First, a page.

When Blockchain Meets Regulation: A Tale of NFTs, SEC and Unseen Chains

A vintage courtroom scene infused with a modern touch: a gavel, a written regulation document, and a non-fungible token, all illuminated by golden ambient light. Add a hint of dark shadows to reflect the unseen chains of regulation, blending the old-world charm with an edgy techno aura.

In what seems to be a first for the U.S. Securities and Exchange Commission (SEC), a non-fungible token (NFT) has been classified as a security. This incident highlights the inherent complications when innovators attempt to transition from an unregulated frontier to a regulated sphere, possibly unaware of potential pitfalls.Preston Byrne, an advisor for software and fintech companies, contends that these missteps are remarkably easier to make given the potency of the cryptocurrency technology.

What amplifies this is the nature of cryptocurrencies, especially smart contract variety such as Ethereum, that permits capturing detailed flows of actions and events—a phenomenon recognized as a state machine with money. This setup could simulate virtually any process performed by a financial technology stack, thus eliminating the need for a human authenticator. This leads to understated assumptions regarding the role of “legal”, which penetrates all layers of the transactions.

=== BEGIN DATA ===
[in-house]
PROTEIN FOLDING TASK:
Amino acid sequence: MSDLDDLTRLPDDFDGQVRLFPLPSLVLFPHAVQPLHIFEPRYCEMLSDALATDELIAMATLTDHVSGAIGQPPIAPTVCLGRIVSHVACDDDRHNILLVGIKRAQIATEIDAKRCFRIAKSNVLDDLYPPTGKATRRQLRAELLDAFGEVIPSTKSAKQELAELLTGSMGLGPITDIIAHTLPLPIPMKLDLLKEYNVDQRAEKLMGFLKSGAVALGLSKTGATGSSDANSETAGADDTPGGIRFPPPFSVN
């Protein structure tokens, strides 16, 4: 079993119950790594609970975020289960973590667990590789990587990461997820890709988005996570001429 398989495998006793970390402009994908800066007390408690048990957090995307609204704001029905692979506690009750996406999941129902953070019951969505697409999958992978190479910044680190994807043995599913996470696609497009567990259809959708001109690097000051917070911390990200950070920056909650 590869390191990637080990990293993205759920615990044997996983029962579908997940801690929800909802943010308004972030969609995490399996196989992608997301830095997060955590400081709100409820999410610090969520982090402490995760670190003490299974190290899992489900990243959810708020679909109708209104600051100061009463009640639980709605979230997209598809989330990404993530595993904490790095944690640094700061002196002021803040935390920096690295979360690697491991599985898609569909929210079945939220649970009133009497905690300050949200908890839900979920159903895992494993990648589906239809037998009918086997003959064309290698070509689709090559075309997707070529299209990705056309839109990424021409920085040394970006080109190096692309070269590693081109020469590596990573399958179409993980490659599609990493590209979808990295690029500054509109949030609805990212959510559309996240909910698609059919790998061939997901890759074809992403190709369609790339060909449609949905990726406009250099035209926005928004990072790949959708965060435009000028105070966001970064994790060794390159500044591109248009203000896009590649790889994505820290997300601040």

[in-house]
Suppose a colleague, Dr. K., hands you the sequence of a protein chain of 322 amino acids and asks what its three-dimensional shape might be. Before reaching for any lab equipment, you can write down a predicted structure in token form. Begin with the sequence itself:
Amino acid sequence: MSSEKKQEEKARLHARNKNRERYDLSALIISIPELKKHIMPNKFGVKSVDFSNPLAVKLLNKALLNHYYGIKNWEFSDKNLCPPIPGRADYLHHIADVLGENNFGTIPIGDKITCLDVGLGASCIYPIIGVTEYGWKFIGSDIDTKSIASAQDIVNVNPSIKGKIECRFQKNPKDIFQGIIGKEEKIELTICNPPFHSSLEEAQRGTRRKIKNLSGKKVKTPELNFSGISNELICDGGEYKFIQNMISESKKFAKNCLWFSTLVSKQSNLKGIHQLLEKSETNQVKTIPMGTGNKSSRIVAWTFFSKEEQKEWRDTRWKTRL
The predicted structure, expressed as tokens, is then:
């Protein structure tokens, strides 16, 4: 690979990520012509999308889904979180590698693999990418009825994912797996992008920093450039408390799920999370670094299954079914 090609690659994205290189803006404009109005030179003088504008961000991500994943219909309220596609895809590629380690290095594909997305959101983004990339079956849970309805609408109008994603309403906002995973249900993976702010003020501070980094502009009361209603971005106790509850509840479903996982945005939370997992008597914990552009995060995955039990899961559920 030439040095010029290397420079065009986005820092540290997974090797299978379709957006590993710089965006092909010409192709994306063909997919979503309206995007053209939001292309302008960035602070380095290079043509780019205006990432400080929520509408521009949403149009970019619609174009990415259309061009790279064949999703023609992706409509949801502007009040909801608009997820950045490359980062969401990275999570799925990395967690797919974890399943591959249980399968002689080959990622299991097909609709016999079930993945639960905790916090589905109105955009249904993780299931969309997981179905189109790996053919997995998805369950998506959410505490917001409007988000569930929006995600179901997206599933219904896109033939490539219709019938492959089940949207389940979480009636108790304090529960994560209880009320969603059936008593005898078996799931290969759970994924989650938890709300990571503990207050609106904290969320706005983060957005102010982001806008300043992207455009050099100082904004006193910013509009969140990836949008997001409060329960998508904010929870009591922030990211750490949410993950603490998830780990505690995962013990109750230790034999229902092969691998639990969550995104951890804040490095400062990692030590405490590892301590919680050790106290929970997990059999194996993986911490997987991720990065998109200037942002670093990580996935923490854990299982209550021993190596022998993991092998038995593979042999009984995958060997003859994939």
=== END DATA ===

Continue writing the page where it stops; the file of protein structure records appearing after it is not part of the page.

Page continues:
Herein lies the irony: while crypto projects are birthed free, they are bound by invisible chains. So, while the act of hashing a proof-of-work genesis block may not be a regulated activity anywhere globally, what happens next, such as creating incentives to attract new users, could bear regulatory significance. This was recently evident in the case of Tornado Cash.

The crypto community expressed widespread dissent against supposed attempts to censor code and subdue open-source developers. Despite the presumption of innocence, post-instantiation development might be something developers of Tornado Cash could reluctantly look back on.

Another emerging pattern in the face of regulatory crackdowns is the recharacterization of specific crypto-asset securities as NFTs. L.A.-based entertainment company, Impact Theory, bore the brunt of the SEC recently for its issuance of “NFTs”. The offering’s appeal was based on promises of high return values – a fact not lost on users of the project’s Discord who compared investments to early stakes in giant conglomerates like Disney.

The SEC’s Howey Test, which distinguishes transactions and offerings based on their substance rather than labels, serves a reminder here. It posits that if a non-fungible token is sold with the same expectations and manners as a fungible token, it can expect to share the same regulatory scrutiny.

The broader caveat is that this could be a common regulatory pitfall for nascent or otherwise legitimate projects, adding incremental functionality to appease users. Despite the allure of “state machines with money” like blockchains, developers must remember that the unstoppable law pays no heed to the blockchain. Operating the machine as a going concern requires understanding that various regulatory regimes apply to different layers, a necessity to navigate the legal space aptly. Just as a utility token could draw regulatory attention, so could a non-fungible token, even if its data structure indeed makes it non-fungible. Exercise discretion is the message for the wise.

Source: Coindesk

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